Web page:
24 April 2016

Loyalty to the club always; to the squad & manager when it's earned...

To have watched the match against Sunderland was akin to inhabiting a parallel universe, a bizarro-world in which Sunderland were fighting for a top-three finish and Arsenal were staving off relegation. Yes, Arsenal dominated possession, but the lion's share of chances went to the Black Cats. Were it not for Defoe's wastefulness or Čech's class, we would have left the Stadium of Light empty-handed. As it stands, we escaped with a point we scarcely deserved but sorely need. Instead of standing two points clear of Man City, we're now level on points and trailing on goal-difference. With Man U in the FA Cup final, Liverpool in the Europa League semifinal, and Man City in the Champions League semifinal, all bets are off. Fourth in the Prem assures us nothing. To paraphrase the American satirist Mark Twain, rumours or the club's death are greatly exaggerated.

As to the squad and manager, well, rumours abound. It's one thing for Tottenham to finish above
Arsenal; it's happened before and will happen again. After all, the goal is not to simply finish above Tottenham; it's to win the Prem. No, instead, it's quite another to scrape and claw one's way to finish fourth in a season in which Chelsea and Liverpool have been laughable by turns and Man U have been only marginally better. Had you told me in August, that those three would be struggling to qualify for the Europa League I would have pencilled us in to win the Prem. Instead, we are where we've been for most of the last decade—hoping against hope that we can hold to a top-four finish that seems to mean less and less each season. 

Still, for what it's worth, we cling to that top-four berth. If Liverpool win the Europa League, and if Man City win the Champions League but fall out of the top four, it's time to sweat a few bullets. Man U trail us by five but have a game in hand. Should the unthinkable happen—should we finish below Tottenham and out of a Champions League qualifying spot, well, that could (and bloody well should) spell the end of Arsène's tenure as well as that of many in the squad. After all, his saving grace has been that Champions League—and a playoff spot at that. If they can't come together to see off Sunderland (or Palace, or West Ham, or...) to earn that spot, there goes the "steady as she goes" rationale.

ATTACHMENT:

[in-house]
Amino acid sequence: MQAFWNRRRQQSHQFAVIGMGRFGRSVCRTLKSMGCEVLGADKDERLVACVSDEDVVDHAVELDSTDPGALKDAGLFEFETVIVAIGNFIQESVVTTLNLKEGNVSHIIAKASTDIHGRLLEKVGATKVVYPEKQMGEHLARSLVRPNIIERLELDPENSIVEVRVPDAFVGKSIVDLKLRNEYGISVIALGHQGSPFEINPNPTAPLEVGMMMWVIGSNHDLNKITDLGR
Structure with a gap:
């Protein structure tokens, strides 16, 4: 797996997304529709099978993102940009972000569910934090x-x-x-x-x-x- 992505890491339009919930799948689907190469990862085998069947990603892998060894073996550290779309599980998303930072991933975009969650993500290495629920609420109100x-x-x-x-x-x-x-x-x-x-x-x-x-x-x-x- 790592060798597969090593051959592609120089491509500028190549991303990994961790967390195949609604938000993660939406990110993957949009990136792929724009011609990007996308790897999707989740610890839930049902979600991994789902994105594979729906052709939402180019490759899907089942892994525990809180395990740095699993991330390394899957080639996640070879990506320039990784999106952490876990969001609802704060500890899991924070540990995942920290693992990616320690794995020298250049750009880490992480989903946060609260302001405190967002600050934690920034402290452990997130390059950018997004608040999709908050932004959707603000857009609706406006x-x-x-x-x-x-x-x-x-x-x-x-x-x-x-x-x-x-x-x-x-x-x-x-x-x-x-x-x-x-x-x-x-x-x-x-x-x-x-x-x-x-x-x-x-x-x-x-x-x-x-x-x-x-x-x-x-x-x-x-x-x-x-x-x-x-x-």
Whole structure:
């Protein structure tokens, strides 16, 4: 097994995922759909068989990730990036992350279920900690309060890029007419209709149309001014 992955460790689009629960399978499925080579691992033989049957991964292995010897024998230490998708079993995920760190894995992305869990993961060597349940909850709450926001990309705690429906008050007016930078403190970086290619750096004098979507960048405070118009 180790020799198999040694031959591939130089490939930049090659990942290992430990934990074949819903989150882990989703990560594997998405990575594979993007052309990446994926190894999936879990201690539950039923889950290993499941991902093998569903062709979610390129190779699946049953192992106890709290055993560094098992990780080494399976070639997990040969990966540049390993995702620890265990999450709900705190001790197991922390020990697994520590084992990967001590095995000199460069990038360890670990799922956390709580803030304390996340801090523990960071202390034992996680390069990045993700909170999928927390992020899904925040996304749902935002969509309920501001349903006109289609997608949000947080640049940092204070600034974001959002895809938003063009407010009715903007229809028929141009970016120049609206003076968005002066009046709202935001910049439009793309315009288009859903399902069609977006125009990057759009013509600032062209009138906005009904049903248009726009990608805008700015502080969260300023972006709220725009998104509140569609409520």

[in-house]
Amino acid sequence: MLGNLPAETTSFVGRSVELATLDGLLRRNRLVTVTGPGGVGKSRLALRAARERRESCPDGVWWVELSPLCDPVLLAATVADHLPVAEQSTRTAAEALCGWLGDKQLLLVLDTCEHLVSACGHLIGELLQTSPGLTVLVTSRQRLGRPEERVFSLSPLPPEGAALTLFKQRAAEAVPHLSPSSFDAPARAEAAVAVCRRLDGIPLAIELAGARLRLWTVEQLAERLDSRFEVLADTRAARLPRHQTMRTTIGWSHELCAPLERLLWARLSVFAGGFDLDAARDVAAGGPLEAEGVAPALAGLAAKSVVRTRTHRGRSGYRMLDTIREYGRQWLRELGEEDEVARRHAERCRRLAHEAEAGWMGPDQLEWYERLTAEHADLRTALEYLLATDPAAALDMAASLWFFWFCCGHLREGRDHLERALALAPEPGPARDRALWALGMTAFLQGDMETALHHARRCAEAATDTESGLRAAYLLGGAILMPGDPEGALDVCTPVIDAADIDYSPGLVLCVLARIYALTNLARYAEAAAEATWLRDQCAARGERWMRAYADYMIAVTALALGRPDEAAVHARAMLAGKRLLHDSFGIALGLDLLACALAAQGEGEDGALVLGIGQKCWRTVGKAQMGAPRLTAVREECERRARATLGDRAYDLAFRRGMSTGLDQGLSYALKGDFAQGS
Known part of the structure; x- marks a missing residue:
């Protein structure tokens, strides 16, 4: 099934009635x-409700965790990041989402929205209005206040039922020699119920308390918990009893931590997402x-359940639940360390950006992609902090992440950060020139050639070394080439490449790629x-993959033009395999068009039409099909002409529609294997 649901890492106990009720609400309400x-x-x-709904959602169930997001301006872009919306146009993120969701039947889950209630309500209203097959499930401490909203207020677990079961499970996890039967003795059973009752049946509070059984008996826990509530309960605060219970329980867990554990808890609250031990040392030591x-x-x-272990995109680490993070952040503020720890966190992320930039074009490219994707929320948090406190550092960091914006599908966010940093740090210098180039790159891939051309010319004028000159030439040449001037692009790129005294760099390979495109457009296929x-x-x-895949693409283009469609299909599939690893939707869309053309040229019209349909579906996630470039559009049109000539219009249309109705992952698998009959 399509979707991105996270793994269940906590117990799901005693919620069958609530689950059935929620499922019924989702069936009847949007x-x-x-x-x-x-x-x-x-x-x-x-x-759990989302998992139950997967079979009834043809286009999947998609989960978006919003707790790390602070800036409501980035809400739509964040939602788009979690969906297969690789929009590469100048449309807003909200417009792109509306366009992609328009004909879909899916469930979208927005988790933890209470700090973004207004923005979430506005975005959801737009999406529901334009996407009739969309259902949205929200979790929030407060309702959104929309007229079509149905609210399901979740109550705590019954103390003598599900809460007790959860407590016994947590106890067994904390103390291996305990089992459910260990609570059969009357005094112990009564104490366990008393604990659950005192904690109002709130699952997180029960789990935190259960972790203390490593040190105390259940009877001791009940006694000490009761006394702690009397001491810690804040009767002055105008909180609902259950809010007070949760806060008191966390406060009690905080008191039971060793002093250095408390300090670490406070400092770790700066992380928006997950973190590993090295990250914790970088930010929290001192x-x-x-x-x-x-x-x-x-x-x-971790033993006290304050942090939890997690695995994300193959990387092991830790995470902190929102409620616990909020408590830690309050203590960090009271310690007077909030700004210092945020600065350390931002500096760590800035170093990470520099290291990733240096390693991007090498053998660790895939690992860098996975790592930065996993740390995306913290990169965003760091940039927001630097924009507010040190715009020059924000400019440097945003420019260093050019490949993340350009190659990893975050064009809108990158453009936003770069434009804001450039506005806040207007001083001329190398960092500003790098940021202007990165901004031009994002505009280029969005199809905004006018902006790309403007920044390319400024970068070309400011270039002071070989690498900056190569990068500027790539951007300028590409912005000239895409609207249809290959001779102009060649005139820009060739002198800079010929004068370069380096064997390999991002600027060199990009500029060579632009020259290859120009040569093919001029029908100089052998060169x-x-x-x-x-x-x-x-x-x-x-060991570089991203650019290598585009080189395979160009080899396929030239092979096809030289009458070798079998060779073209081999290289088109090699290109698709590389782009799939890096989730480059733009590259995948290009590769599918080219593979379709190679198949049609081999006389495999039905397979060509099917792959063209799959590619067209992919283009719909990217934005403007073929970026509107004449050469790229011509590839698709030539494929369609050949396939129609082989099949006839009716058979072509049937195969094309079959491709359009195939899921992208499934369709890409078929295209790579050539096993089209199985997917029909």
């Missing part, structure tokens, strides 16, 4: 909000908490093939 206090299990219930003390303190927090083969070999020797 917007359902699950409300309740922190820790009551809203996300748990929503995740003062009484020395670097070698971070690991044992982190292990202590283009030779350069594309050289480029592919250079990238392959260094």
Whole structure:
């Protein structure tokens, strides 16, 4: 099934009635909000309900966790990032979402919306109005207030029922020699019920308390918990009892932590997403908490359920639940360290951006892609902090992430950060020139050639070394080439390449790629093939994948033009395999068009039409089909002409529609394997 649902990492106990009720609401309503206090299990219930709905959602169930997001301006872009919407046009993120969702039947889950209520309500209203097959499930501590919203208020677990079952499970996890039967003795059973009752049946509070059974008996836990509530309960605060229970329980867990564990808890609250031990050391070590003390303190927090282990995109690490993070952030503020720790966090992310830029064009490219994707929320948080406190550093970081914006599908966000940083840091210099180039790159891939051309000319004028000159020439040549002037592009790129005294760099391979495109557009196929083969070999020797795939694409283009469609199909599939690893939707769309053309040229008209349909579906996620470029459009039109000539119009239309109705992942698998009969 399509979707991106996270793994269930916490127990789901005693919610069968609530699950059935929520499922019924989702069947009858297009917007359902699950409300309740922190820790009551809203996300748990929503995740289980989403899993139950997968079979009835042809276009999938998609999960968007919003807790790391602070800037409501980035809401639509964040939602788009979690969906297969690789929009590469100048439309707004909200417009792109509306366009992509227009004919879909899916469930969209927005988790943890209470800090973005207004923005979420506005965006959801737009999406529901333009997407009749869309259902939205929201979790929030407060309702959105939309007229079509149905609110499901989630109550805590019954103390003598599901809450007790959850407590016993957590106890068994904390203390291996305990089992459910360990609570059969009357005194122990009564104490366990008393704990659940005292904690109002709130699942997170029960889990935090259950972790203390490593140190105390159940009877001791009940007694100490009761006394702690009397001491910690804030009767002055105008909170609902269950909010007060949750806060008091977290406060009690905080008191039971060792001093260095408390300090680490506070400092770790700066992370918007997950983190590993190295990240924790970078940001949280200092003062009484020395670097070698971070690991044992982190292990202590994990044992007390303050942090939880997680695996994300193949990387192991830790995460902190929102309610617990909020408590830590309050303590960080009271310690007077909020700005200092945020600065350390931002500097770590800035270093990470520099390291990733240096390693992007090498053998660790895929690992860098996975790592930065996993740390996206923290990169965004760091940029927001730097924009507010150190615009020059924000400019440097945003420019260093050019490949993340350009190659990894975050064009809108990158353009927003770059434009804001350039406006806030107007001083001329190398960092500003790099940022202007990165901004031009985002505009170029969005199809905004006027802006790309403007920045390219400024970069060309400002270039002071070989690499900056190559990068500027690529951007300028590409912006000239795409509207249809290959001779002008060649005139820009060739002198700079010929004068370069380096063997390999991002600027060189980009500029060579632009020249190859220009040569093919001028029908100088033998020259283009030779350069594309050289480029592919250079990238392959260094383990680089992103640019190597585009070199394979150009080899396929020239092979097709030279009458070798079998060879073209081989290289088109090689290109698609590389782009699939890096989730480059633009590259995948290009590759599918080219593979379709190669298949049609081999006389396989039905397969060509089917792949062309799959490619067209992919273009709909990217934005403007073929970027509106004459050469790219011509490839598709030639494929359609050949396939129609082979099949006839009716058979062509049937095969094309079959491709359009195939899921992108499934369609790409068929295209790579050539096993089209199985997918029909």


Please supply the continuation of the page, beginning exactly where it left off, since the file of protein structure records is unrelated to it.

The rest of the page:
Yes, there are some diamonds in the rough: Özil. Alexis. Monreal. Bellerín, These are essentially the foundation for moving the club forward. If there are other names to add, they might include Wilshere, Iwobi, and Coquelin. Others are expendable either because they don't perform to the level we need, are overpaid, or are past their prime. I'll leave it to you to assign the following to each category: Mertesacker. Flamini. Arteta. Ramsey. Giroud. Walcott. Of course, there are others who inhabit a sort of Limbo from which it's difficult to predict any kind of destiny. 

One whose destiny seems to become increasingly clear, however, is Arsène. Say what you will about his parsimony or his stubborness. Even his recent loosening of the purse-strings comes with an asterisk: Real sold Özil in part to purchase Bale. Barça sold Alexis in part to purchase Suarez. Chelsea sold Čech because they had Courtois. Peek behind that veil, and we're still stuck in the stingy mode we've been in for far too long. It was one thing to usher the club through the financing of a new stadium—that move was pregnant with potential, after all—it's quite another to continue to pretend that we're hamstrung by our own chequebook. Leicester, after all, have essentially won the Prem on a shoestring. Tottenham look set for the best finish in a generation. Man City have laid waste to the "injuries" excuse.

What we're left with then is the remnants of those excuses. We're not finishing behind those who have outspent us. We're finishing behind those who have outplayed us. 

The club will survive this setback. The question though is, who in the squad will?